Amr Karim, general manager for Travco Travel, one of Egypt's largest travel operators, says after a "drastic decline," the past three months have seen a "gradual increase in beach holidays," with bookings coming from across Europe.
Visitors to Egypt are currently required to present a negative PCR test certificate on arrival, taken no more than 72 hours prior to their flight departure, although arrivals at some airports on the coast are allowed to take a $30 PCR test then quarantine until they receive their results.
Travco is implementing WHO regulations and is disinfecting hotel rooms, public spaces and vehicles, while staff are using face masks, sanitizing tools and social distancing. Karim notes the proportion of elderly travelers is down while there's been a rise in travelers under 50, and that tourists are, by and large, sticking to their hotels.
He anticipates a "boom" in tourism to ancient sites by the third quarter of 2021.
"The Ministry of Tourism and Antiquities has been exerting monumental efforts in the last few years to enhance and shed light on Egypt's archaeological treasures," Karim says, citing new archaeological sites, events including the parade of 22 royal mummies from the Egyptian Museum to their new home at National Museum of Egyptian Civilization, and the construction of the Grand Egyptian Museum (GEM).

After years of groundwork, these efforts will culminate in the opening of the GEM in 2021. Cairo's vast new museum -- nearly half a million square meters and built at a cost of over $1 billion -- is nearing completion close to the site of the Pyramids of Giza. 
The treasures within will include an 83-ton, 20-meter (66 feet) granite statue of Ramses the Great and over 5,000 artifacts from King Tutankhamun's burial chamber -- the first time the blockbuster haul will be displayed in the same place.
"It is hard to make any predictions in the status quo," says Karim. "It all depends on the medical revelations and vaccines in progress to combat the Covid-19 pandemic ... We are hoping for the best."
Hawass remains bullish -- understandable, given he's been involved with the GEM for two decades -- and is optimistic 2021 will be better than 2020.
"I really think that Egypt is more safe than other countries," he says. "We need tourists back."

Source: edition

Tuesday, October 27, 2020

New Egypt bombshell: 4,500-year-old Saqqara mummy bone analysis ‘could change ancient history’.

Egypt bombshell: 4,500-year-old Saqqara mummy bone analysis ‘could change ancient history’
EGYPT experts made the stunning discovery of an intact tomb of a high-ranking official in Saqqara, and analysis of his bones "could change ancient history".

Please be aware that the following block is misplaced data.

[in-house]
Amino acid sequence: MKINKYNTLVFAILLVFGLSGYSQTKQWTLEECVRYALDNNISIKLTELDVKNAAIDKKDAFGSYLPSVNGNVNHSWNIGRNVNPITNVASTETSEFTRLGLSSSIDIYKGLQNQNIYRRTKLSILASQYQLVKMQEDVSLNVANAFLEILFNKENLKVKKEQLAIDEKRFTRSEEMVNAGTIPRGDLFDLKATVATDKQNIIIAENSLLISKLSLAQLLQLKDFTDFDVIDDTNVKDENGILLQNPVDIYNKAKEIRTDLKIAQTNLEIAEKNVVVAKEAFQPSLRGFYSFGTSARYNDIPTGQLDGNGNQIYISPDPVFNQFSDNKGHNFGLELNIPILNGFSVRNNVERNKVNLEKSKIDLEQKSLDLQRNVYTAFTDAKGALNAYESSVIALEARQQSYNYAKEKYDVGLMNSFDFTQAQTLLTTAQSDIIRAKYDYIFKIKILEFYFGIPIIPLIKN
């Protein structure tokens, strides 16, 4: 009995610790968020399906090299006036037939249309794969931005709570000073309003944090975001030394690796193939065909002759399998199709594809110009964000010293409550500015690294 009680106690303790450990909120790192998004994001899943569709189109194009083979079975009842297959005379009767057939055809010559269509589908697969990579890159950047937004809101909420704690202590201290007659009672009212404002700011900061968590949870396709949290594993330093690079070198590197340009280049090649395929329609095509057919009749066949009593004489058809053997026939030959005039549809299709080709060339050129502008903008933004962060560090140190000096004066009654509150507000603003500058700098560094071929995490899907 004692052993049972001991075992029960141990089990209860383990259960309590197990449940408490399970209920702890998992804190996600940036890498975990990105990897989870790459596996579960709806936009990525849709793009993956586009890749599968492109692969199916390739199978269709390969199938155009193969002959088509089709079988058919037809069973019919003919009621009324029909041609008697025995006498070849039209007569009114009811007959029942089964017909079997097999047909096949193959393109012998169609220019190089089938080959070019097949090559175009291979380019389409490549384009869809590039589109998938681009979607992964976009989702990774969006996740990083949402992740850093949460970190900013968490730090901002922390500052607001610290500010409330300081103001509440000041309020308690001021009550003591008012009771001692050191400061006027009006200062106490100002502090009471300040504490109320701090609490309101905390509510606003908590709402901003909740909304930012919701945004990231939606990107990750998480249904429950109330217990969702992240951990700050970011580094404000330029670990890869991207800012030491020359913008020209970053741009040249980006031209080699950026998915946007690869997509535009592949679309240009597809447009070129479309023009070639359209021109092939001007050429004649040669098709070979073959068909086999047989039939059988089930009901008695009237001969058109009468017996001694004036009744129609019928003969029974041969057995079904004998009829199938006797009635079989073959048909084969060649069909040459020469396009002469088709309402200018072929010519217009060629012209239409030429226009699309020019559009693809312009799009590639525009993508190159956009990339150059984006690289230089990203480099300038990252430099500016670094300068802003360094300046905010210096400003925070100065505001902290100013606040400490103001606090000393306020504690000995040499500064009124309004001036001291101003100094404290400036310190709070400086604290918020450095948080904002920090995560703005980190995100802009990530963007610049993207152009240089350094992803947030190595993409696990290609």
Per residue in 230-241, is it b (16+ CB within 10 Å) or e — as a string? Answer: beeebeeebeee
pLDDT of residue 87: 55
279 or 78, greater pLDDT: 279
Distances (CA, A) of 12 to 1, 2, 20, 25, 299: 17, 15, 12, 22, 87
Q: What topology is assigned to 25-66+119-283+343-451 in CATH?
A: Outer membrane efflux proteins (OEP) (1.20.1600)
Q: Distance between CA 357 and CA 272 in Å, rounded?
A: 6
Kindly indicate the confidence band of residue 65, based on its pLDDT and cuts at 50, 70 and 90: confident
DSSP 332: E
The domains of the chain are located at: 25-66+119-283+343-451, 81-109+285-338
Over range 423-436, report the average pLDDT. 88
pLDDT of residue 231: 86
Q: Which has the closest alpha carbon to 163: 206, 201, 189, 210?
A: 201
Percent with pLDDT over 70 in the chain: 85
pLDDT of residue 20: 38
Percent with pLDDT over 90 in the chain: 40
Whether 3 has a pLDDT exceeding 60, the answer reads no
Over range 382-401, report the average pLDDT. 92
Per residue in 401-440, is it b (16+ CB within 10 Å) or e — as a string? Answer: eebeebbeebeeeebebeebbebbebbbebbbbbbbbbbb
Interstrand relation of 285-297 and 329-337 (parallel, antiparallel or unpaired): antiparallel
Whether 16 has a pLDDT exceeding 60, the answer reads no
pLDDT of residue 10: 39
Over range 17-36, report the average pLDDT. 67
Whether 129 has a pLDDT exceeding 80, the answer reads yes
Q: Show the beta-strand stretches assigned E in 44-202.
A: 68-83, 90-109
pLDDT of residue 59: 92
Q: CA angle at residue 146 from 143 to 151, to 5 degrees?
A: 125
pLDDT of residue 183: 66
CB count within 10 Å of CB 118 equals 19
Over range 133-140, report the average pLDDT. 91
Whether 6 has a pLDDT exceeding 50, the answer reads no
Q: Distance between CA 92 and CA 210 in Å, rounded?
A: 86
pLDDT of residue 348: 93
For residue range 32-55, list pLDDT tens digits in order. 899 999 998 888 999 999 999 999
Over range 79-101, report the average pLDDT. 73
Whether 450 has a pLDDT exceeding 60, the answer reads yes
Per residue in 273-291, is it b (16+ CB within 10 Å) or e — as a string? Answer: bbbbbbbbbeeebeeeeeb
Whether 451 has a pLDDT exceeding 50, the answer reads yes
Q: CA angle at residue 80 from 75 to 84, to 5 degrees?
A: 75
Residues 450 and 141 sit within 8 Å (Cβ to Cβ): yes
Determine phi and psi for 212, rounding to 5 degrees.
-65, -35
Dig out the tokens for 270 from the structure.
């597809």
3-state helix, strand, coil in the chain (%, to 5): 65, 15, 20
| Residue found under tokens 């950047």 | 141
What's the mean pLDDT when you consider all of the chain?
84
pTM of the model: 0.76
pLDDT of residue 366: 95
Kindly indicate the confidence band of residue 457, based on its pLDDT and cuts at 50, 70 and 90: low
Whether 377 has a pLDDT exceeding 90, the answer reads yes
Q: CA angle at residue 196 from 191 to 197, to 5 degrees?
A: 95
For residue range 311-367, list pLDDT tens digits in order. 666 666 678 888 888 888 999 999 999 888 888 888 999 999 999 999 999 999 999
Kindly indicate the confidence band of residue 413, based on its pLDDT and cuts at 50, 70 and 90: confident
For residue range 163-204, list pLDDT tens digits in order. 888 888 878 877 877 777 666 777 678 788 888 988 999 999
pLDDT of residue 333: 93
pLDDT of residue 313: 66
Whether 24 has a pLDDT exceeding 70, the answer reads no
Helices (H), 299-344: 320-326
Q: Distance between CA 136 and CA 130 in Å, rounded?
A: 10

Wahtye was a priest who served under the third king of the Fifth Dynasty, Pharaoh Neferirkare. Described as a “once in a generation” find, his tomb was found in a remarkable state of preservation – with 55 statues carved into the walls – making it the most decorated tomb ever found in Saqqara. Excavations led by a team of Egyptian archaeologists uncovered over 3,000 artefacts during their journey, helping to piece together the secrets of what has been called “Egypt’s most significant find in almost 50 years”.

Netflix’s new documentary ‘Secrets of the Saqqara Tomb’ follows the decoding of the burial of the Old Kingdom priest, untouched for 4,500 years and the excavation of five shafts to uncover the rest of his family.
But Professor of Rheumatology at Cairo University, Dr Amira Shaheen, revealed during the series how she discovered an anomaly within the remains of Wahtye’s bones.
She said: “His skeleton is kept better than the other ones.
“Although he’s a man, he still had some feminine features for his skull.
He seems to be a very delicate man. He’s about 35 years old.
“I think this was Wahtye, at last, I meet him.

“He does not have that strong or rough muscle attachment, which may indicate that he was a fine man with a fine job.”
But the expert found that some of the bones were distended – an indication of what possibly led to his death.
She added: “The skull of Wahtye was showing thickening of the bone and this can give us an indication that something was happening inside these bones.
“These bones can tell us that this person may have some sort of anaemia.
“The same swelling was found in the mother; we have congenital causes of anaemia.
“This is a remote idea because they both died at a different age, but by putting the whole situation together, we may think of some sort of disease, or epidemic. Most probably malaria.

“It may have affected this whole family. If that’s true, it would change ancient Egyptian history.”
This is a monumental theory, as if proven, it will be the first documented case of malaria in history by more than 1,000 years.
The documentary, which will be released globally on Netflix tomorrow, also features the exploration of the wider ancient necropolis where Egyptians buried their dead over thousands of years.
It details the discovery of shafts filled with mummified animals, beautifully preserved human mummies still inside their highly decorated coffins, funerary artefacts and rare finds spanning from the Old, New and Late Kingdoms.
The documentary was filmed in Saqqara, less than a mile from the site of the Step Pyramid – one of the oldest and most iconic stone structures on Earth.
Director James Tovell said in a press release: “This has been an exciting moment for the whole world.
“Shooting this film has been an experience full of thrilling surprises. Working with an Egyptian team that has a deep connection with their ancestors has made the project even more unique.”
Source:news18

New discovery, Sakkara: Hawass Announces New Archaeological Discovery in Saqarra

The Egyptian Mission working in the Saqqara antiquities area next to the pyramid of King Teti, the first king of the Sixth Dynasty of the ...